Nickle-Cadmium battery welder
(North Central Florida)
Dad made a battery-powered welder, and constructed two trailers for homebuilt aircraft with it. The bottom two boxes contain surplus Nickle-Cadmium batteries intended for starting aircraft engines. The top box contains a choke and an amp meter. The open coil wire resistor on the side had a clamp-on tap to limit current. It got dull red in use. The remaining box contains spare batteries. All batteries together added to 48 OCV, and I believe they were designed to put out 1,000 Amps at half voltage for a few tens of seconds.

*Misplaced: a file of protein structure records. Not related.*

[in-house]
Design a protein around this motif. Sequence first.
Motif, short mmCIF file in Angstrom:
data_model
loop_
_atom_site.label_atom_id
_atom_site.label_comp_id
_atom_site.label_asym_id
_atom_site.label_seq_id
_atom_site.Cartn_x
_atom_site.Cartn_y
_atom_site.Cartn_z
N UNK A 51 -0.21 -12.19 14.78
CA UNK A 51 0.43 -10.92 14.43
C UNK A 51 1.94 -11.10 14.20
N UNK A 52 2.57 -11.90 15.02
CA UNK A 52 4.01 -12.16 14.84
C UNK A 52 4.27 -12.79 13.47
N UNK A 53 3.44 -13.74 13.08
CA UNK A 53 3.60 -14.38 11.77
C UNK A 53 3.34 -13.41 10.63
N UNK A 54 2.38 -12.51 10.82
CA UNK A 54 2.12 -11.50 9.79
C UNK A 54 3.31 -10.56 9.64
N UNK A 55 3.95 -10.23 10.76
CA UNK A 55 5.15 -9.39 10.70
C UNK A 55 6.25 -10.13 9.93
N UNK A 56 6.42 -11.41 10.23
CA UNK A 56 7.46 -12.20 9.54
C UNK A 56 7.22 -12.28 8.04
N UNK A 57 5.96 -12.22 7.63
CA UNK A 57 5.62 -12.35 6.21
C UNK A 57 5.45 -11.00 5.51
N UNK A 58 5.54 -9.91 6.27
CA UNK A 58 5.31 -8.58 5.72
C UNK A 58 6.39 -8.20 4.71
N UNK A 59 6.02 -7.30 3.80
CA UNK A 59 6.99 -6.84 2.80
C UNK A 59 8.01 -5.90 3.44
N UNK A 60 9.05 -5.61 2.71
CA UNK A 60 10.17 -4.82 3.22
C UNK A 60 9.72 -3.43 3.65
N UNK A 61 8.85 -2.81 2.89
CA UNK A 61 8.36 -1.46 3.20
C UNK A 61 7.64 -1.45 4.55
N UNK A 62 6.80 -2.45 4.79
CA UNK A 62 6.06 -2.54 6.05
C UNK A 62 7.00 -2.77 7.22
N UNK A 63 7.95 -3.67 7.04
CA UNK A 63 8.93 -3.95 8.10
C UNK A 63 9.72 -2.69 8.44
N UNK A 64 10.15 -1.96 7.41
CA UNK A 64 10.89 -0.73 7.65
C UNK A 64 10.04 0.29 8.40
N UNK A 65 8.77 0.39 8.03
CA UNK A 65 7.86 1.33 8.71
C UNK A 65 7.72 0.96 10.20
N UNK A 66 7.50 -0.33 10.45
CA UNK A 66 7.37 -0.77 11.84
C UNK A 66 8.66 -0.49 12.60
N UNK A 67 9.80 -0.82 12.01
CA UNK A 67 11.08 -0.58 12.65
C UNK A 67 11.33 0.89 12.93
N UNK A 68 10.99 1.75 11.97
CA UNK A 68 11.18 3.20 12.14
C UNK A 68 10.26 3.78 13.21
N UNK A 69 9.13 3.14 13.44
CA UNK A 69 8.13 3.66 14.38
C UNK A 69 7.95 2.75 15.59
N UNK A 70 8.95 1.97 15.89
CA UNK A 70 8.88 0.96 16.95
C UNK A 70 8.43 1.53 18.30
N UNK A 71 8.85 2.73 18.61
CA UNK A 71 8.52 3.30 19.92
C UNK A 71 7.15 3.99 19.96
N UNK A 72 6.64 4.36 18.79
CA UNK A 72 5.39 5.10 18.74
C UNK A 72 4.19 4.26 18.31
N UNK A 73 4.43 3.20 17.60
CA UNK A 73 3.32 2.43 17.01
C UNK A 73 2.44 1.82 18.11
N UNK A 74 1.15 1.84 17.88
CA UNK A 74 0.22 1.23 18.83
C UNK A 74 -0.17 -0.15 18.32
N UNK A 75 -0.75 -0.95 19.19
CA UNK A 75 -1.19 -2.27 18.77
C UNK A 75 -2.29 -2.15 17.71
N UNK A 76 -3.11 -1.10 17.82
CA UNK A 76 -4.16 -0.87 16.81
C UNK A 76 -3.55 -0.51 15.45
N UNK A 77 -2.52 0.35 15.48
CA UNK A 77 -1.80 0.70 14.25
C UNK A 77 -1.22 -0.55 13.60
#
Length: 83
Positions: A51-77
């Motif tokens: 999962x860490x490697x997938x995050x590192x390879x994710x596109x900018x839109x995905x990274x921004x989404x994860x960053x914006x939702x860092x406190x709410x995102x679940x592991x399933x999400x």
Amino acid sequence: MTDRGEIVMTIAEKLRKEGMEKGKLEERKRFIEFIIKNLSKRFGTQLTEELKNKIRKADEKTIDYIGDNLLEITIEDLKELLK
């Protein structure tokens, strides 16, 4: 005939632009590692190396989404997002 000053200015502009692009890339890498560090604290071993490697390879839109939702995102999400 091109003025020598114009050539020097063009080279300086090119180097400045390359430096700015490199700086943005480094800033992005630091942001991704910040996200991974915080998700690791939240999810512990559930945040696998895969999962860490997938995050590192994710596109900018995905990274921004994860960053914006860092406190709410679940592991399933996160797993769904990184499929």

He could get something like 15 minutes of run time from it on a charge, and I suspect he used 1/8" rod. He was forever popping the circuit breaker for the patio trying to recharge it quicker. I remember a diode or a bridge on a heatsink about half the size of a lunchbox, and a porcelain wirewound dropping resistor about a foot long. The resistor sat on the concrete patio in an enameled pan full of water, which steamed at a simmer and made rusty foam. This was both electrically and thermally hot, and it was important to keep the dog from trying to drink from the water pan.